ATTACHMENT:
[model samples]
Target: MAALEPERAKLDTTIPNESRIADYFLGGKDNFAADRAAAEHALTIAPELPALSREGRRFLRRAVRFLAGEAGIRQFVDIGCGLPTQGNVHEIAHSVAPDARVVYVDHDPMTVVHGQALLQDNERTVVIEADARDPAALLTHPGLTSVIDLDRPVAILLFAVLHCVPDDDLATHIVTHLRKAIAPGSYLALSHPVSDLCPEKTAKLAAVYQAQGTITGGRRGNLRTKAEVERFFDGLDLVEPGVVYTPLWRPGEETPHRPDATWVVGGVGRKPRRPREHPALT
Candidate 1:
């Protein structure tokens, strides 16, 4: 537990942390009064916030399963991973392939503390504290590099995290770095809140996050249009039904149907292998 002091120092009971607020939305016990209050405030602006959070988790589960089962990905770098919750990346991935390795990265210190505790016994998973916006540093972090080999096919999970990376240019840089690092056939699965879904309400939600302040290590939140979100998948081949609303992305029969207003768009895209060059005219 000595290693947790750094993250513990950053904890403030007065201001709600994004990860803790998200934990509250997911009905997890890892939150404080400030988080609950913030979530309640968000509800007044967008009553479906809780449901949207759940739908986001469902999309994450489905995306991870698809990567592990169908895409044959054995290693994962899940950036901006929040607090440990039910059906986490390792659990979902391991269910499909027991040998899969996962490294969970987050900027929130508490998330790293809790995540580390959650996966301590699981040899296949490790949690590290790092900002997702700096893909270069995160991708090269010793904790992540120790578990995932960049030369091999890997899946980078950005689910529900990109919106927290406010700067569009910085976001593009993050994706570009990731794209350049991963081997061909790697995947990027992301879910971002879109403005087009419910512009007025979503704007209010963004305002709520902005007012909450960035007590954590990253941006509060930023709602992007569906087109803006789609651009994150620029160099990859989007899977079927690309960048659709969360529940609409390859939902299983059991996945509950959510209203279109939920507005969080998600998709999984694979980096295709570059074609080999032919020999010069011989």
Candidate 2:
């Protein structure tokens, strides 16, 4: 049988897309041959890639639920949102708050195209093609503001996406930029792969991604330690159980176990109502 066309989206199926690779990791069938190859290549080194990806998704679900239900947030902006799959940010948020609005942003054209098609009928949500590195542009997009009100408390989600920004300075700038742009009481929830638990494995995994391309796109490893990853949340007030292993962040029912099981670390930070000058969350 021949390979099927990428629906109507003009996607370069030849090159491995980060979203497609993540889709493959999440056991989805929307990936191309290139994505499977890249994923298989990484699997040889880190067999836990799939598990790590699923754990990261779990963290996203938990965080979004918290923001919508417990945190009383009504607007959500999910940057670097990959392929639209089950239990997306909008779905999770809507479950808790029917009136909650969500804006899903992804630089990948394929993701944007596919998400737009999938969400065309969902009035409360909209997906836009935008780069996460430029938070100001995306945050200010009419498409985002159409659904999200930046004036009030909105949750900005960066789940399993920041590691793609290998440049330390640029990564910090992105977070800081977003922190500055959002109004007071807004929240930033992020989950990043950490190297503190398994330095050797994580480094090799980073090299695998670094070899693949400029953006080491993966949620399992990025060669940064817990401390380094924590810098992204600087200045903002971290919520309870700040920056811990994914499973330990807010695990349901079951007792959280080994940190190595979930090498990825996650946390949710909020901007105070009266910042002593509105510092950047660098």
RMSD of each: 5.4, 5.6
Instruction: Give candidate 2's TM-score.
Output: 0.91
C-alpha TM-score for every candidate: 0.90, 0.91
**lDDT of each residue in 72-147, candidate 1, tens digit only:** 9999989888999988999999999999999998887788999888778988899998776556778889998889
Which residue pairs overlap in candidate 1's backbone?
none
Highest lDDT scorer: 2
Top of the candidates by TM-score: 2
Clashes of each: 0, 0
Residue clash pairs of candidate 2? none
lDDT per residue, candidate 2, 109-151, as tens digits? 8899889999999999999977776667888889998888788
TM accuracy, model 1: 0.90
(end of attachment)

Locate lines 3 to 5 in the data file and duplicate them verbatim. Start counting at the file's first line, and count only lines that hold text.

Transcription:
Candidate 1:
């Protein structure tokens, strides 16, 4: 537990942390009064916030399963991973392939503390504290590099995290770095809140996050249009039904149907292998 002091120092009971607020939305016990209050405030602006959070988790589960089962990905770098919750990346991935390795990265210190505790016994998973916006540093972090080999096919999970990376240019840089690092056939699965879904309400939600302040290590939140979100998948081949609303992305029969207003768009895209060059005219 000595290693947790750094993250513990950053904890403030007065201001709600994004990860803790998200934990509250997911009905997890890892939150404080400030988080609950913030979530309640968000509800007044967008009553479906809780449901949207759940739908986001469902999309994450489905995306991870698809990567592990169908895409044959054995290693994962899940950036901006929040607090440990039910059906986490390792659990979902391991269910499909027991040998899969996962490294969970987050900027929130508490998330790293809790995540580390959650996966301590699981040899296949490790949690590290790092900002997702700096893909270069995160991708090269010793904790992540120790578990995932960049030369091999890997899946980078950005689910529900990109919106927290406010700067569009910085976001593009993050994706570009990731794209350049991963081997061909790697995947990027992301879910971002879109403005087009419910512009007025979503704007209010963004305002709520902005007012909450960035007590954590990253941006509060930023709602992007569906087109803006789609651009994150620029160099990859989007899977079927690309960048659709969360529940609409390859939902299983059991996945509950959510209203279109939920507005969080998600998709999984694979980096295709570059074609080999032919020999010069011989």
Candidate 2: